Bill Gates is Listening to Teachers on Evaluations

ImageYesterday, Bill Gates published a piece in the Washington Post titled, Bill Gates:  A fairer way to evaluate teachers.  Skeptically, I clicked the link.  I wasn’t sure if I would read the typical education reform buzz words with little depth to the issue or if he would actually move the debate forward.  Sure, the title infers that he wants us to fairly evaluate teachers, but in this chapter of education reform, teachers and former teachers like myself, have come to brace ourselves for people who are in the spotlight, but who misguided in their solutions.

However, to my surprise, Bill Gates made it clear that he’s been listening to teachers or at least he now wants to not only listen, but seriously take the suggestions of teachers and put them on table. Below are some of the concerns he brought up:

1.  Data gone wild:  States are rushing to develop standardized tests for any and everything without giving much thought to whether that’s even the best way to assess that particular subject. 

One glaring example is the rush to develop new assessments in grades and subjects not currently covered by state tests. Some states and districts are talking about developing tests for all subjects, including choir and gym, just so they have something to measure. – Bill Gates

2.  Teaching Purposefully:  Just how do the yearly standardized tests help teachers improve their practice?  Currently, teachers are unable to analyze standardized test data to look for student trends.  If teachers were able to receive data on which objectives where students scored poorly, teachers would know how to problem-solve around it and plan purposefully for that unit for the next school year.  Also, if teachers received data on which objectives students performed well, they would know that that unit and lesson plans were an effective way to teach those standards.

Even in subjects where the assessments have been validated, such as literacy and math, test scores don’t show a teacher areas in which they need to improve. – Bill Gates

3.  Myth Busting:  Contrary to what many people outside the profession may think, teachers want to be evaluated.  However, like Gates is emphasizing, teachers want to be evaluated fairly using multiple measures–not student performance at one point of the year on one standardized test.  They deserve to see their professional growth throughout the school year and over many years of teaching.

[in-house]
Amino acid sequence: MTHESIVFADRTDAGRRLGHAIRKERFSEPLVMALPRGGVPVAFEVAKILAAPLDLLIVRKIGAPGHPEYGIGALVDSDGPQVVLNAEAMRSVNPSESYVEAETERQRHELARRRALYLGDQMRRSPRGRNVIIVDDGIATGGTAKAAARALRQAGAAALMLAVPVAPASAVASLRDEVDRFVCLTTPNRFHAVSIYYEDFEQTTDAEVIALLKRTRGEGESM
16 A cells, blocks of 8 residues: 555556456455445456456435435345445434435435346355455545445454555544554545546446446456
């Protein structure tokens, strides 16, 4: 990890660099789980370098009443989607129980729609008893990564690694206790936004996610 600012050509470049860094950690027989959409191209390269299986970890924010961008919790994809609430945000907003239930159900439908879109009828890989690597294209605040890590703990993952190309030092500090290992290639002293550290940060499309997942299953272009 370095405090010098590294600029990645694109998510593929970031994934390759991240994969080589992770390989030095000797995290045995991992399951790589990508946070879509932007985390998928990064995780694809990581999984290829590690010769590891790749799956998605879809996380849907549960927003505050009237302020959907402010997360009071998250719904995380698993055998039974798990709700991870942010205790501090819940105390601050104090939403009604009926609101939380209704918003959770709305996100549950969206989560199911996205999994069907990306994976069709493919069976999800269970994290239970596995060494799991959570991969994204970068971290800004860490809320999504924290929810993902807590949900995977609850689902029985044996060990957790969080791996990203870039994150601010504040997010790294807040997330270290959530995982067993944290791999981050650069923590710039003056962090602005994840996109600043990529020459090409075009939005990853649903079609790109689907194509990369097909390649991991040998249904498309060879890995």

The fact is, teachers want to be accountable to their students. What the country needs are thoughtfully developed teacher evaluation systems that include multiple measures of performance, such as student surveys, classroom observations by experienced colleagues and student test results.  – Bill Gates

4.  Teachers aren’t in it for the money.  I know plenty of teachers who seek out teaching positions in low-income communities because they know there’s a need for high-quality teachers in those schools.  However, when teachers decide to teach in a high-need school, districts and schools need to ensure that those schools have a strong curriculum, on-going and tailored professional development, and transformative leadership.  Now once at the school, it’s up to the teachers and staff to build and maintain a strong culture.

Teachers also tell me that while compensation is important, so are factors such as high-quality professional development opportunities, a strong school leader, engaged families and the chance to work with like-minded colleagues.

5.  A Path to School Leadership:  We need to rethink the teacher career ladder.  There are many schools that are beginning to shift focus on ways to keep teachers in the classroom while also giving them opportunities to lead in various areas such as school culture, professional development, and student enrichment.

In top-performing education systems in other parts of the world, such as Singapore and Shanghai, accomplished teachers earn more by taking on additional responsibilities such as coaching and mentoring other teachers and helping to capture and spread effective teaching techniques. Such systems are a way to attract, retain and reward the best teachers; make great use of their skills; and honor the collaborative nature of work in schools.  -Bill Gates